I’ve been featured on My Interning Life.
This week’s featured intern is aspiring editor, Aleczander Gamboa. I remember meeting Aleczander back in April of 2013 at the inaugural My Interning Life event and the conversation we had about getting started with interning. I’m happy to say that eight months later, Aleczander has done several internships and learnt plenty about the media industry along the way.
Aleczander shares his interning journey so far…
Before I decided to study journalism and public relations, I was well aware of how competitive it was to get your foot in the door in both fields. I had heard all the stories about how cut throat the industries were, and how journalism was even considered a ‘dying career’. But I continued to remain positive.
I had never really considered undertaking internships so early in my first year of university before, but when I attended a networking event hosted by Aubrey Hamlett, the creator of ‘My Interning Life’, it finally dawned on me just how important work experience was. After hearing about all the amazing experiences from other interns, I felt inspired to put myself out there and decided that the earlier I started the better. Thus, I put forward a long term goal of trying to achieve three completed internships per year, hopefully having it total up to nine by the time I finished my degree.
My first internship was being a public relations intern for Blue Planet Public Relations, a boutique agency that oversaw the Oz Comic Con Convention. Though a brief internship, I can honestly say I have never worked so hard in my life. From the minute I started I was given an array of tasks to do, including assisting the managing director with confirming cosplay appearances to coincide with the Sunrise weather report, as well as monitoring all forms of social media and thinking of creative ways to garner interest and publicity for the event. In addition to those, I was also given the duty of coordinating interview times with talent, and being on hand to provide guidance for all the media and special convention guests. While it wasn’t planned, I even dabbled in crisis management, where the other interns and I, along with the managing director, had to hunt down a journalist that may have taken compromising footage of one of the celebrity guests. Overall, the experience was absolutely terrific, and during my time there I had learned a vast variety of skills I never even knew I had, whilst creating new friendships with the other interns.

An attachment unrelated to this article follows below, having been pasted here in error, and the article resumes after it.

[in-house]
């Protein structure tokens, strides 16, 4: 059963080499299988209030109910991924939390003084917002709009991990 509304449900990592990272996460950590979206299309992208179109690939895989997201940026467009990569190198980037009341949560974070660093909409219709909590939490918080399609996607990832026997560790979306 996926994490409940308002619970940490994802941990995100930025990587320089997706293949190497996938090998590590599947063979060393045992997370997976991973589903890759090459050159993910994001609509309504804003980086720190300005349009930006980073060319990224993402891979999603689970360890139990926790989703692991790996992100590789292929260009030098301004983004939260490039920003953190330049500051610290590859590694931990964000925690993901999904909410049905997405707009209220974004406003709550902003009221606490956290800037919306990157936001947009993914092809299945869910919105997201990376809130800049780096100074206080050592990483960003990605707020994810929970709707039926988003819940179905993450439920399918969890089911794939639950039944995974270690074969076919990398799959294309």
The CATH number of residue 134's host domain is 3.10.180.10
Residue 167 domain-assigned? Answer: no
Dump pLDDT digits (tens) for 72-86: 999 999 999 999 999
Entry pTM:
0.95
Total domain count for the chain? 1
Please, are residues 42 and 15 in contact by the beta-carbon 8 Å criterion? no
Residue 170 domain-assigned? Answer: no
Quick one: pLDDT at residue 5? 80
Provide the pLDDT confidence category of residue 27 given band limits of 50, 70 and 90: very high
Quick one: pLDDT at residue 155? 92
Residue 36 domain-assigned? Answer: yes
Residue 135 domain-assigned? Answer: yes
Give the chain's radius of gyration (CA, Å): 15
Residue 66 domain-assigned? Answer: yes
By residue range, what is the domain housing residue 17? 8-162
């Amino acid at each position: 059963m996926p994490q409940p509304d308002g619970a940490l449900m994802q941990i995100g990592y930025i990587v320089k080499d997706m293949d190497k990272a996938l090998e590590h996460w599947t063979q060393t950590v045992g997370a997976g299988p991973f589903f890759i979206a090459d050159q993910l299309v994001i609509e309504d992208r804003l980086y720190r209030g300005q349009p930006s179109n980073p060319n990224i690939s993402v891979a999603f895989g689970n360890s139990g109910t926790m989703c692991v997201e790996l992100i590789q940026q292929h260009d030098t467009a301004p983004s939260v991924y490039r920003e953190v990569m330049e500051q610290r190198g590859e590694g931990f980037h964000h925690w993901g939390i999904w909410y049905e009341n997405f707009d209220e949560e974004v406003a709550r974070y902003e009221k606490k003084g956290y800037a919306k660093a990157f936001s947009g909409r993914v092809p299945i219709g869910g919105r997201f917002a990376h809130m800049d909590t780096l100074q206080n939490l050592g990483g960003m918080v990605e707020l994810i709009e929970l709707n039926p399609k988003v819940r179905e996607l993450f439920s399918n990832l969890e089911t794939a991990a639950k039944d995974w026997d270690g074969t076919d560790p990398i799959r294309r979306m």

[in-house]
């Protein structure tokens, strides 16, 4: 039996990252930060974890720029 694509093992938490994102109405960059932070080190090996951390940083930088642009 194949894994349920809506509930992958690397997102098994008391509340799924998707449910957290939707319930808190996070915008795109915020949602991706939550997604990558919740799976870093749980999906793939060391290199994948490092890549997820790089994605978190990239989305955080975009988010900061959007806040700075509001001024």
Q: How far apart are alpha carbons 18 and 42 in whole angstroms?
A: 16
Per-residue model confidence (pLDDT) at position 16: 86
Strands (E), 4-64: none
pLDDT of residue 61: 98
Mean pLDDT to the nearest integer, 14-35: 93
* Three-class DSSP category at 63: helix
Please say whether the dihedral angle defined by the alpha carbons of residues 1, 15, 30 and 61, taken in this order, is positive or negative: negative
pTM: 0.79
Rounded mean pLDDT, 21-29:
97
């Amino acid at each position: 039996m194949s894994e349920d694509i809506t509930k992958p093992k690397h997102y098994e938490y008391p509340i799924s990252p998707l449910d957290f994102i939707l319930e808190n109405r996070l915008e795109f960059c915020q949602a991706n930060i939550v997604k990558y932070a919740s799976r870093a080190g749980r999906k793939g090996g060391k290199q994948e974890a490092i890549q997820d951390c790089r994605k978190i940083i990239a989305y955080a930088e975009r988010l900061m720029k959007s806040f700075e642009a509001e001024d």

The second internship was quite the opposite. I was an editorial intern for Universal Magazines, and while it wasn’t as fast paced as my PR internship, I was able to hone my writing skills and learn about how strict and important deadlines really were in the magazine industry. Working alongside two editors and writing for a variety of their magazines including Poolside and Complete Wedding Melbourne, I completed advertorials for clients, liaised with media contacts and learned about magazine paginations and search engine optimisation (SEO). I even had to write an article about how to choose the right wedding bouquet and how to have a great hens and bucks night. Although I never thought I would be writing about such topics, it was nonetheless a rewarding experience. As they say, you never know what interests you until you try, and now I’m obsessed with pools and wedding planning.
My current internship at the moment is being a journalism intern forArtshub, an online news publication that reports on visual arts, film, music and theatre. This position has taught me the lesson that journalists never actually stop working. When a news story breaks out, every single news platform in Australia competes to be the first ones to report on the event. So far, my time there has definitely shown me how hands-on journalism really is, and how you need to be willing to drop everything planned for the day to be the first one to get the latest scoop.
Aleczander shares his advice:
The media industry is tough, so keep your eyes peeled for any opportunities, and always have a go even if the chances of obtaining the internship are slim to none. The worst they can say to you is ‘no’, but take into account that at least you tried. Attend networking events because you never know who you might meet, whether that be another intern enthusiast or even an employer. Also, get yourself your own business card – that way employers know how to keep in touch with you after you have finished your internship with them. Best of luck.
Follow Aleczander on Twitter.
If you would like to learn more about publishing and complete your high school or university work experience or internship placement at Universal Magazines please contact Emma Perera at firstname.lastname@example.org.